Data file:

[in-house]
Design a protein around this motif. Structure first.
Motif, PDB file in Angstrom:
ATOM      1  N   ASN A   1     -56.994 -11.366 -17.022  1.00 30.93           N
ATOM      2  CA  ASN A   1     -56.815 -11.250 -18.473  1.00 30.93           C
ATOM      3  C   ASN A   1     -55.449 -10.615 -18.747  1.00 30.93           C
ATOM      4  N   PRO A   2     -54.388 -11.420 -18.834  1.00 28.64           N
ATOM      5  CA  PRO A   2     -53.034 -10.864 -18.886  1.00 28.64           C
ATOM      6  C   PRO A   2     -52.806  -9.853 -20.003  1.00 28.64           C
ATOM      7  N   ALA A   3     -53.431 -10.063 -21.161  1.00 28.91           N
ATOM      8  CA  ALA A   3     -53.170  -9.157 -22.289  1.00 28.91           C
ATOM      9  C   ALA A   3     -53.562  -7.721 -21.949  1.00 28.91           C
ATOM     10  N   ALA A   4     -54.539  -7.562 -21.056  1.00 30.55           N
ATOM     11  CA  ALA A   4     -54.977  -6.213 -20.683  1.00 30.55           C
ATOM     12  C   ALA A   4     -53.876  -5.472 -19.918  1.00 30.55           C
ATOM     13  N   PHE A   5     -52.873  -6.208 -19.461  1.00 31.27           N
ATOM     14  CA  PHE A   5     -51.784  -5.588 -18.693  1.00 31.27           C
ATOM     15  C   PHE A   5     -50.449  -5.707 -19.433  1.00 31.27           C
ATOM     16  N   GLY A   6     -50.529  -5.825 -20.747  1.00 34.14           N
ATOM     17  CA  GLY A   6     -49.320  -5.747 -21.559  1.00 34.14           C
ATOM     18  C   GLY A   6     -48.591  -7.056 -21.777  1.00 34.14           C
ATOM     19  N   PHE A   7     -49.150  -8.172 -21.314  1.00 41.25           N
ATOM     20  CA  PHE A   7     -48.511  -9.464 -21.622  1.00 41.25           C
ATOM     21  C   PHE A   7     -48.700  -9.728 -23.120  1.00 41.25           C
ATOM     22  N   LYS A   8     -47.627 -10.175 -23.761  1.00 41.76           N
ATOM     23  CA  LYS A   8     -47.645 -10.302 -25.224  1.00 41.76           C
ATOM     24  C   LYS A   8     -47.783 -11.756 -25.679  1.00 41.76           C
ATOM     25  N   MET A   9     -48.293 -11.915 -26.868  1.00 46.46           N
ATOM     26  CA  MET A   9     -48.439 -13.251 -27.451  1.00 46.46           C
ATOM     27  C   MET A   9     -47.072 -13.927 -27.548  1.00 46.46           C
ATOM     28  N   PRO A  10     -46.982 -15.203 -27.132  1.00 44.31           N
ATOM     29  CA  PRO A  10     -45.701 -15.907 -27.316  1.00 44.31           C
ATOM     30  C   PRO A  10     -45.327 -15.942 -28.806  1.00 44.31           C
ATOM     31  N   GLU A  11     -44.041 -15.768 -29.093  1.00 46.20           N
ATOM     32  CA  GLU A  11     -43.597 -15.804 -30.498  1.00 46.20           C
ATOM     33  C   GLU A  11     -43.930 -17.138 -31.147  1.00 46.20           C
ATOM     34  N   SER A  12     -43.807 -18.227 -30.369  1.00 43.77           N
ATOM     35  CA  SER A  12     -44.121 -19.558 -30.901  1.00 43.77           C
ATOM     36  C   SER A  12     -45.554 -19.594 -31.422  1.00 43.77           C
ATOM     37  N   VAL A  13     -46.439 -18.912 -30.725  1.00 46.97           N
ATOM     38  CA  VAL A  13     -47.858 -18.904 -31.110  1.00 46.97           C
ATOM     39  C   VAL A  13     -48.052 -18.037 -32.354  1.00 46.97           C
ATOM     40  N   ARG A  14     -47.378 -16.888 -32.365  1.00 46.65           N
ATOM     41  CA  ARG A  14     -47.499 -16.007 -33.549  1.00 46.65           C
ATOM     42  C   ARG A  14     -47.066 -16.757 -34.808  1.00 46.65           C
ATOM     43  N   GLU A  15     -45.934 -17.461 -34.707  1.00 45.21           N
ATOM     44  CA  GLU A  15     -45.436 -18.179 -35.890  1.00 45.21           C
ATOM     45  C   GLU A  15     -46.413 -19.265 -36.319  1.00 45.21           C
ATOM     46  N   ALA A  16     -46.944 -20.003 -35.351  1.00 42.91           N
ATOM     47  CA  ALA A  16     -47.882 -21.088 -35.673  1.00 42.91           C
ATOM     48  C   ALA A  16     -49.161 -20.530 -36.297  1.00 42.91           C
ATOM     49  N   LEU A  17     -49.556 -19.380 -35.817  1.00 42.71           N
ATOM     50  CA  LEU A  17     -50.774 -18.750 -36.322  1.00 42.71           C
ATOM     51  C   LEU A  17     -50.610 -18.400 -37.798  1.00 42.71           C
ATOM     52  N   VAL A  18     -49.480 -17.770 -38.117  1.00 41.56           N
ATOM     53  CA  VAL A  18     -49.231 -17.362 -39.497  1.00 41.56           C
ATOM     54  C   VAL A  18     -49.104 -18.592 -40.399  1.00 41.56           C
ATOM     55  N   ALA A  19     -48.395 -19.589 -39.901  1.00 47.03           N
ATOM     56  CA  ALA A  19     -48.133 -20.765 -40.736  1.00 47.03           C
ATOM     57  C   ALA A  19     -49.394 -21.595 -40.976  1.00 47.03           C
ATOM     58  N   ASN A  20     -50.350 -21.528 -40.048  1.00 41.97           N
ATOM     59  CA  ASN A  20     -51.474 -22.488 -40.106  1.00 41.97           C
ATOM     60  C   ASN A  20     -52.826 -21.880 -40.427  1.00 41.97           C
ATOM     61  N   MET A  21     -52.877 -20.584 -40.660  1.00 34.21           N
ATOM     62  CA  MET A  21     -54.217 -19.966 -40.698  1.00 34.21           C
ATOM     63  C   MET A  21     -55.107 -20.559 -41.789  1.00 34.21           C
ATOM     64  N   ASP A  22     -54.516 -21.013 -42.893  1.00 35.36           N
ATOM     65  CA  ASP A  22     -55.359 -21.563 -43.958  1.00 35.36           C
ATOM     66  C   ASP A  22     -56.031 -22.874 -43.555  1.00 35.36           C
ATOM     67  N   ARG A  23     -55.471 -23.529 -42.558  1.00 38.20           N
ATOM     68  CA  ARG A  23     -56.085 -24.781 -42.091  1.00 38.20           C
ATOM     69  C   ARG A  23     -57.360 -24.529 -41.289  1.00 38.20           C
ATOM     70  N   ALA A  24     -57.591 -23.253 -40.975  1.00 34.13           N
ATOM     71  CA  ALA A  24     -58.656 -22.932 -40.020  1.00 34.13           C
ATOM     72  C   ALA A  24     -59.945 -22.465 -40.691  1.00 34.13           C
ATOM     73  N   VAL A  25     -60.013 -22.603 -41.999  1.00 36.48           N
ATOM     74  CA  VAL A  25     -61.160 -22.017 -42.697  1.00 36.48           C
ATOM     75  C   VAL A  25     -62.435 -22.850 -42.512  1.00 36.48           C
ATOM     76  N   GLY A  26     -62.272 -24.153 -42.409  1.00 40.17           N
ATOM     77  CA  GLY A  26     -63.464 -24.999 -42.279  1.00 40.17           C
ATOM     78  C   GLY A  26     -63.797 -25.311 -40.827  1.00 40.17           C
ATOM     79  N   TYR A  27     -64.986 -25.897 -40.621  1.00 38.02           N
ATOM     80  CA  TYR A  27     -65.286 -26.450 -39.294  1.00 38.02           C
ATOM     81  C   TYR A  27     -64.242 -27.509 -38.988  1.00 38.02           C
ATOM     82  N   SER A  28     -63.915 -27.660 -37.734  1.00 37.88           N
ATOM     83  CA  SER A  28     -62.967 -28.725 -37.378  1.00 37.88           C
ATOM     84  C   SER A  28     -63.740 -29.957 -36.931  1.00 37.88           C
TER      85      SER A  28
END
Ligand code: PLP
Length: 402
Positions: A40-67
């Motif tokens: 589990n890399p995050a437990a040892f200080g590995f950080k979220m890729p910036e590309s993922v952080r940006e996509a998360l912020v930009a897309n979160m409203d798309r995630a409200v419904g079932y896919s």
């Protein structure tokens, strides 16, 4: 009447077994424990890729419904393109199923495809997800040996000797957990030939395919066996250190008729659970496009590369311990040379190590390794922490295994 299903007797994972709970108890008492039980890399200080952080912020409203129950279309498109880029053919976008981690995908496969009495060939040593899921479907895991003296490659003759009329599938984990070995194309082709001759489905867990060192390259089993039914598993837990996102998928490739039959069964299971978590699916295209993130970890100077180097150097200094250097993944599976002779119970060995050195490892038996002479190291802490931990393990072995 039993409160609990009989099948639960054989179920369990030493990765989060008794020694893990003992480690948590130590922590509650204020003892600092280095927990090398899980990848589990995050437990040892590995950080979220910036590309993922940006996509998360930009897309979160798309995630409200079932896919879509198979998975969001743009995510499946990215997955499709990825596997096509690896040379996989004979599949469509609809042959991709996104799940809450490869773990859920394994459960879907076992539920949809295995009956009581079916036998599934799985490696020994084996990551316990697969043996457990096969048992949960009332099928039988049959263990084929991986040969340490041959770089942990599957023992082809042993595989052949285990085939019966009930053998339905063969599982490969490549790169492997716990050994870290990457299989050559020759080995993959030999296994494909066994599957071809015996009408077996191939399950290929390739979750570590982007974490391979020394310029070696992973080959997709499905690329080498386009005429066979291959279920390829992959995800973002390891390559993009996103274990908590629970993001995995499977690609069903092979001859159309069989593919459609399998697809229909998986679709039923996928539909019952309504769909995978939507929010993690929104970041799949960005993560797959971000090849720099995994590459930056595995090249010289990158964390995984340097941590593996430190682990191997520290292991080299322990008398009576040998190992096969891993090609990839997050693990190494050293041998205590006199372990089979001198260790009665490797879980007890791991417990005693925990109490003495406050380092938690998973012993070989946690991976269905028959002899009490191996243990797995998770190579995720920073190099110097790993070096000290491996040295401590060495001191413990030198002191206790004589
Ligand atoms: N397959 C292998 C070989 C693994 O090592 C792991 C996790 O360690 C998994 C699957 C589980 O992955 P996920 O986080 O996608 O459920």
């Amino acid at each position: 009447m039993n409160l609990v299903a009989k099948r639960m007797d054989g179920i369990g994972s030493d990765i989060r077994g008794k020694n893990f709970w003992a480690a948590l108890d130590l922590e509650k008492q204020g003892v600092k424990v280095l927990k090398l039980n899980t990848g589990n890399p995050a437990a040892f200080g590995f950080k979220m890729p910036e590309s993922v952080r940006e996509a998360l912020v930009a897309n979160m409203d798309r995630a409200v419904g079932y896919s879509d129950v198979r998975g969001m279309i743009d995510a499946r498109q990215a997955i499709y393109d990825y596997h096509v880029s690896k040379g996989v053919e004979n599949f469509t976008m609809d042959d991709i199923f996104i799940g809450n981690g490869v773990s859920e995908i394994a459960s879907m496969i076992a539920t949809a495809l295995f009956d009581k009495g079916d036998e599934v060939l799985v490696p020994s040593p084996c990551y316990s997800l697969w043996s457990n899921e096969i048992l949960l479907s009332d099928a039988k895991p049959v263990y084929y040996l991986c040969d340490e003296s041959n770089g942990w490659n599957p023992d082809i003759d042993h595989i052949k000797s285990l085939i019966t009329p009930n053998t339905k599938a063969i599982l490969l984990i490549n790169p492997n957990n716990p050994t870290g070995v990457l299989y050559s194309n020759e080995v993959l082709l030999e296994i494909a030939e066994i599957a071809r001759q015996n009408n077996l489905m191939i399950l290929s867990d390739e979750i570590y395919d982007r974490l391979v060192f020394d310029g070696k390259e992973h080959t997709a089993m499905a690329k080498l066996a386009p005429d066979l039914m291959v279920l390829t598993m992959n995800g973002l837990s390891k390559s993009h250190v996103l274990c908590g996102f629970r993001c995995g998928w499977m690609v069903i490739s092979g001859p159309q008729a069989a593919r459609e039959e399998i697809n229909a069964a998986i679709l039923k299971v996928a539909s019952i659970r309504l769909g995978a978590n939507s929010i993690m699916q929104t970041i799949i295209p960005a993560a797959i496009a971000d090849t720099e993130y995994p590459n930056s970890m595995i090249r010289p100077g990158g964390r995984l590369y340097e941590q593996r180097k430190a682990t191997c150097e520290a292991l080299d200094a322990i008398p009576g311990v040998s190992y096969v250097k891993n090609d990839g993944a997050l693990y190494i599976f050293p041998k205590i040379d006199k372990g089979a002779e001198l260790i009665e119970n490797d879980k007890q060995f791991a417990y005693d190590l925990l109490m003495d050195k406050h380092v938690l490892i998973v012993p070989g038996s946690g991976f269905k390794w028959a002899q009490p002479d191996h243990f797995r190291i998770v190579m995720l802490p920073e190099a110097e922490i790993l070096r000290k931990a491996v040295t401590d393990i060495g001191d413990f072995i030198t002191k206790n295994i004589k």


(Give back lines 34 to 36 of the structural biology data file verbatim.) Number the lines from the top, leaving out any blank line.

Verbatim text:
ATOM     31  N   GLU A  11     -44.041 -15.768 -29.093  1.00 46.20           N
ATOM     32  CA  GLU A  11     -43.597 -15.804 -30.498  1.00 46.20           C
ATOM     33  C   GLU A  11     -43.930 -17.138 -31.147  1.00 46.20           C